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Toyota MR2 2026: next mid-engined Toyota sports car could cost more than $100,000


The MR2 reboot won’t be a budget sports car like the Mazda MX-5, however it could have even greater appeal than the current GR Yaris 

We’ve seen Toyota’s concept sports car already, but now reports from Best Car Web indicate that the likely mid-engined two-door sports vehicle could cost over 10 million yen, or roughly the equivalent of AUD$100,000. 

Very likely to be called the MR2 and featuring a powertrain borrowed from the GR Yaris, the future Toyota sports car could be as expensive as the current GR Supra.

But what exactly could be planned, and when could we see the new-generation MR2 come to reality?

Toyota FT-Se rear 3/4 studio shot
The 2023 Toyota FT-Se concept sports car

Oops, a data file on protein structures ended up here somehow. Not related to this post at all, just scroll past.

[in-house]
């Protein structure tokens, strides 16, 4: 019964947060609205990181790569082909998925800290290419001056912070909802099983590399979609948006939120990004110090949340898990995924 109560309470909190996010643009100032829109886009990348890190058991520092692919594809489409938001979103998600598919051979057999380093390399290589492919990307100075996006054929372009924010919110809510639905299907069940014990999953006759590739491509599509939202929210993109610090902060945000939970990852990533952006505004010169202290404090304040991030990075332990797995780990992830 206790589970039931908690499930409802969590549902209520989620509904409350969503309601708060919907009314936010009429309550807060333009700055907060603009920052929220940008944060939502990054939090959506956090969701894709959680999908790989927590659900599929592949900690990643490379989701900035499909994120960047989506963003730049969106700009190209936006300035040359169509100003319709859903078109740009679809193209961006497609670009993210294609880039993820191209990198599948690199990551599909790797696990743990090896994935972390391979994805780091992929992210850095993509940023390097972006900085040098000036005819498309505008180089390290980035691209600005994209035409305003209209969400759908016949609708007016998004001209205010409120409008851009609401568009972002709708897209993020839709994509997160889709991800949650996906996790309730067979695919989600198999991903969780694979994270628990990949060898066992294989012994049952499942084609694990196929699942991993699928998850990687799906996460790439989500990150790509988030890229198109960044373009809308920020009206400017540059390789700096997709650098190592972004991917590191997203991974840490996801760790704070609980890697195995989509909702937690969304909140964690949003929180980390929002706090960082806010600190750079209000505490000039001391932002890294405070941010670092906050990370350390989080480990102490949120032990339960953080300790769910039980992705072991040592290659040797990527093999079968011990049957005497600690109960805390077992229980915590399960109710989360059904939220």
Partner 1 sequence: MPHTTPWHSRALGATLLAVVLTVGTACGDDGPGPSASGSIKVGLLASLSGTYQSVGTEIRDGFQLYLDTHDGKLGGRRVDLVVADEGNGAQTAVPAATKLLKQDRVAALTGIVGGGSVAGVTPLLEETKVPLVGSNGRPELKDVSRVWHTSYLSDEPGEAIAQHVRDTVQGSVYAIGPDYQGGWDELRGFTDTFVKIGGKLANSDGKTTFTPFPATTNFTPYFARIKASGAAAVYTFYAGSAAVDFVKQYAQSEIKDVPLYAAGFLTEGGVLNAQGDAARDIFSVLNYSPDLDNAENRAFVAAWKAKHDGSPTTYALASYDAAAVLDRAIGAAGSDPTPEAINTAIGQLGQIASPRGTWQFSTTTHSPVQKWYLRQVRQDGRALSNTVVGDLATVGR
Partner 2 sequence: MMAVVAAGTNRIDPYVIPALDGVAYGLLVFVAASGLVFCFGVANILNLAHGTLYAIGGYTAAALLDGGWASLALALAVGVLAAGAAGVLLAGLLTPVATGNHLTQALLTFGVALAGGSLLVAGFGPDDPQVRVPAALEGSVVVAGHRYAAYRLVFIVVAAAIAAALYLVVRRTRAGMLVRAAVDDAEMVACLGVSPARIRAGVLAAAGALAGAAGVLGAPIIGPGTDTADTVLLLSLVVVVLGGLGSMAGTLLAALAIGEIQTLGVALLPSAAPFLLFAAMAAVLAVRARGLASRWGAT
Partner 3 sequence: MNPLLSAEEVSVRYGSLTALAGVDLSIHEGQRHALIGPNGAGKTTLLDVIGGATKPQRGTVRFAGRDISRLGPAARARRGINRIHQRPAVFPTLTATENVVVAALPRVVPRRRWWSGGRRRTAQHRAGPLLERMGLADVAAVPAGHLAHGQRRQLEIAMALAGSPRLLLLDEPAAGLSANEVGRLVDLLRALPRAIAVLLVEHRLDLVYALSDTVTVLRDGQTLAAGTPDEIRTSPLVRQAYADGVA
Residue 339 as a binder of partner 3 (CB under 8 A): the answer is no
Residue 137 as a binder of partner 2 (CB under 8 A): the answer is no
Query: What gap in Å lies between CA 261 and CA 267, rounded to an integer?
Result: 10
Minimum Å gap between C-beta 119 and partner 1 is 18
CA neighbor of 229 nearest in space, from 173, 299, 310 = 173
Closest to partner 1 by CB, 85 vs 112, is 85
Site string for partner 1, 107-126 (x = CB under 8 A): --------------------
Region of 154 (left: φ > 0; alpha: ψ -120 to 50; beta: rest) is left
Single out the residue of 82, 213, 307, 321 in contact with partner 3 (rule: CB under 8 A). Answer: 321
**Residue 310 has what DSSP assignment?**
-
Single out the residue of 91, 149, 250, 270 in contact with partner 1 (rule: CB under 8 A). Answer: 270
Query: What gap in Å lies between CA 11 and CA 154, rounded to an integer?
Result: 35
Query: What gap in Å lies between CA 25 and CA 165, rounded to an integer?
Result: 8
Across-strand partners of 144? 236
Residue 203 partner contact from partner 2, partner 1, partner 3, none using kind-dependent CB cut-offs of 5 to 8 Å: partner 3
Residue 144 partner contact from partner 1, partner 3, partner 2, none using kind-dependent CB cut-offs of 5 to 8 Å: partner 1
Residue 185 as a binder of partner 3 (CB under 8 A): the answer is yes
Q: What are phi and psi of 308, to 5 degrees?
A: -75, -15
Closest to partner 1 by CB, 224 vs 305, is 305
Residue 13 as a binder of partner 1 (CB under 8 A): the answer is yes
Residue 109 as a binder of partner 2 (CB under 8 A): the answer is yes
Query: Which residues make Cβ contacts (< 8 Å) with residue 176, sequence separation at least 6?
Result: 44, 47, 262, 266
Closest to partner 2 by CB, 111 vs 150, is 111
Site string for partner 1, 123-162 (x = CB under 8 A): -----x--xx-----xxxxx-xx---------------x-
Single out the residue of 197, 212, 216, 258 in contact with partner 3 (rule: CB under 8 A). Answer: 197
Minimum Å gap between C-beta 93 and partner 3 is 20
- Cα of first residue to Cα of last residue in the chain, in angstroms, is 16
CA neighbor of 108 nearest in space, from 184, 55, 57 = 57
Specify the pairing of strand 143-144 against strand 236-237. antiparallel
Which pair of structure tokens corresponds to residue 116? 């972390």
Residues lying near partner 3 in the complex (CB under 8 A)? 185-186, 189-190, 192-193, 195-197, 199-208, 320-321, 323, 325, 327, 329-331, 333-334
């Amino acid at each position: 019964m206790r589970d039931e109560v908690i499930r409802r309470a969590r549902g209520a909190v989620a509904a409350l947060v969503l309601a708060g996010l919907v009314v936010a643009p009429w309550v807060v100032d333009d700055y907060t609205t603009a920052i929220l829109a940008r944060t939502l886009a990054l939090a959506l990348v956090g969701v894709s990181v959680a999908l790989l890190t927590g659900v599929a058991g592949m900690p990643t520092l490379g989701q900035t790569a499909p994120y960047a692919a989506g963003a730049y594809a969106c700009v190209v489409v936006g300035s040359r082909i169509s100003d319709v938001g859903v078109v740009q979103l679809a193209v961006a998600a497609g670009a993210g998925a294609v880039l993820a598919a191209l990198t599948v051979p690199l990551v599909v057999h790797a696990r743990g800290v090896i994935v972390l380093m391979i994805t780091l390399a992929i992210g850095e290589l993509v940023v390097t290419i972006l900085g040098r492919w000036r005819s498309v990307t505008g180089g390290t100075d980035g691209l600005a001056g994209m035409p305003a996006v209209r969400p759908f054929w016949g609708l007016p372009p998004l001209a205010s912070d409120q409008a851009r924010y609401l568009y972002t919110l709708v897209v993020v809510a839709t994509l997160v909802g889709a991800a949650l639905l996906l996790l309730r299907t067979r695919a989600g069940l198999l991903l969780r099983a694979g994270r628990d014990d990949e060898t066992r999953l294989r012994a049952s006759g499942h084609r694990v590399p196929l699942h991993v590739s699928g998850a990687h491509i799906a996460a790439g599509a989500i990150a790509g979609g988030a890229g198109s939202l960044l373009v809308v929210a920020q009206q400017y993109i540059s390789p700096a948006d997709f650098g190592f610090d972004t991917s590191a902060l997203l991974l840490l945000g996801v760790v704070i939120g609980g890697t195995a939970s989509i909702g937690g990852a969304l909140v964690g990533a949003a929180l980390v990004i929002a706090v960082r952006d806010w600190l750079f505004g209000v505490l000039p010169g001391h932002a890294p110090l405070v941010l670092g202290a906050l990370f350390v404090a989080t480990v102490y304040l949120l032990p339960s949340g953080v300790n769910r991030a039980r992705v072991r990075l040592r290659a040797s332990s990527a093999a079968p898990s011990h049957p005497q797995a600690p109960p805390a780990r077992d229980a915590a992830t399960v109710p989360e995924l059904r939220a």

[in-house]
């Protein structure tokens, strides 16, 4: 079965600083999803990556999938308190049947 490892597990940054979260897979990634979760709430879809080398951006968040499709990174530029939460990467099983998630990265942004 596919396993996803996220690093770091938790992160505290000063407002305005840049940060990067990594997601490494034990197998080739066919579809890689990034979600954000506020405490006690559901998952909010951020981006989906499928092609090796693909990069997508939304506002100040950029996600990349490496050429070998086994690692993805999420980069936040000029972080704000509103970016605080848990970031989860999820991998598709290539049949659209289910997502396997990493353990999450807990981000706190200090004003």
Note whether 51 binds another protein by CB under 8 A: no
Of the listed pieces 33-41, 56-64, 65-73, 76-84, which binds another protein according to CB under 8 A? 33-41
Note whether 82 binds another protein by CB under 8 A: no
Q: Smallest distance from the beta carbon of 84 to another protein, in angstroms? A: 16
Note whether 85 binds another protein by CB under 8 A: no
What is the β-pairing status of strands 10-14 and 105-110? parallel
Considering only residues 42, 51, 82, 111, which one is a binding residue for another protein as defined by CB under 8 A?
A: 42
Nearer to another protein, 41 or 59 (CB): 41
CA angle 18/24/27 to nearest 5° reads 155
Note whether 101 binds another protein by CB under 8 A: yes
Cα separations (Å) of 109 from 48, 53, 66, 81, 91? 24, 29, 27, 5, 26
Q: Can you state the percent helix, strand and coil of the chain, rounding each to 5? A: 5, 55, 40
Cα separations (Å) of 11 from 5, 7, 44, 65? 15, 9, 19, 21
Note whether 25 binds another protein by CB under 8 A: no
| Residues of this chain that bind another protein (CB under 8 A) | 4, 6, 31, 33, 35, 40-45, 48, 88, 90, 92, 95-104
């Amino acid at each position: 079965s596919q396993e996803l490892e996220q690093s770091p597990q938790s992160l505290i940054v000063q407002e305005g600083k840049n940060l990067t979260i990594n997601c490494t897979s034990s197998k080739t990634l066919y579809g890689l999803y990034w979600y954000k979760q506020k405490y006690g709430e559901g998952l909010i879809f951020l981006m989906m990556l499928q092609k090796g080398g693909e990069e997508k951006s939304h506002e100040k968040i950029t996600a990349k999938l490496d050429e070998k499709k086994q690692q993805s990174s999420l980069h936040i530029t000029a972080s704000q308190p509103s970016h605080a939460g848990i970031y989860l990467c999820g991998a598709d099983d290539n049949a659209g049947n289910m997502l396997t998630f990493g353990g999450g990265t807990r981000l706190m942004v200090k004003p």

Mid-engined sports car was going to be a GR Yaris 

Best Car Web reports that the original plan was for Toyota to build a mid-engined GR Yaris, much like the iconic rally-honed Renault 5, but the brand shelved the idea. 

The Japanese report also states that the GR Yaris has “not become more popular” in its home market, pushing the possibility of a mid-engined two-door coupe while rekindling an iconic sports nameplate. 

The next MR2 could have a GR Yaris powertrain

Electric version also on the cards 

It’s likely that a future MR2 will also be able to be configured for a full-electric powertrain further along the line. 

The FT-Se concept, which debuted at the recent Japan Mobility Show, gives us a good idea of what to expect from a future Toyota sports car. However, nothing has been confirmed just yet.

Toyota FT-Se on track drifting
The Toyota FT-Se concept on track drifting

The next MR2 could fill the space left by the Lotus Elise and could compete with cars such as the Mazda MX-5 and, on an entirely different level, the upcoming MG Cyberster

The MR2 – or ‘mid-ship runabout 2-seater’ – was offered in three generations from 1984 globally, its debut generation first arriving in Australia in 1987. 

Its ‘millennial’ third-generation surfaced as a drop-top spider to primarily take on the iconic Mazda MX-5, but was discontinued two years later in 2002. 

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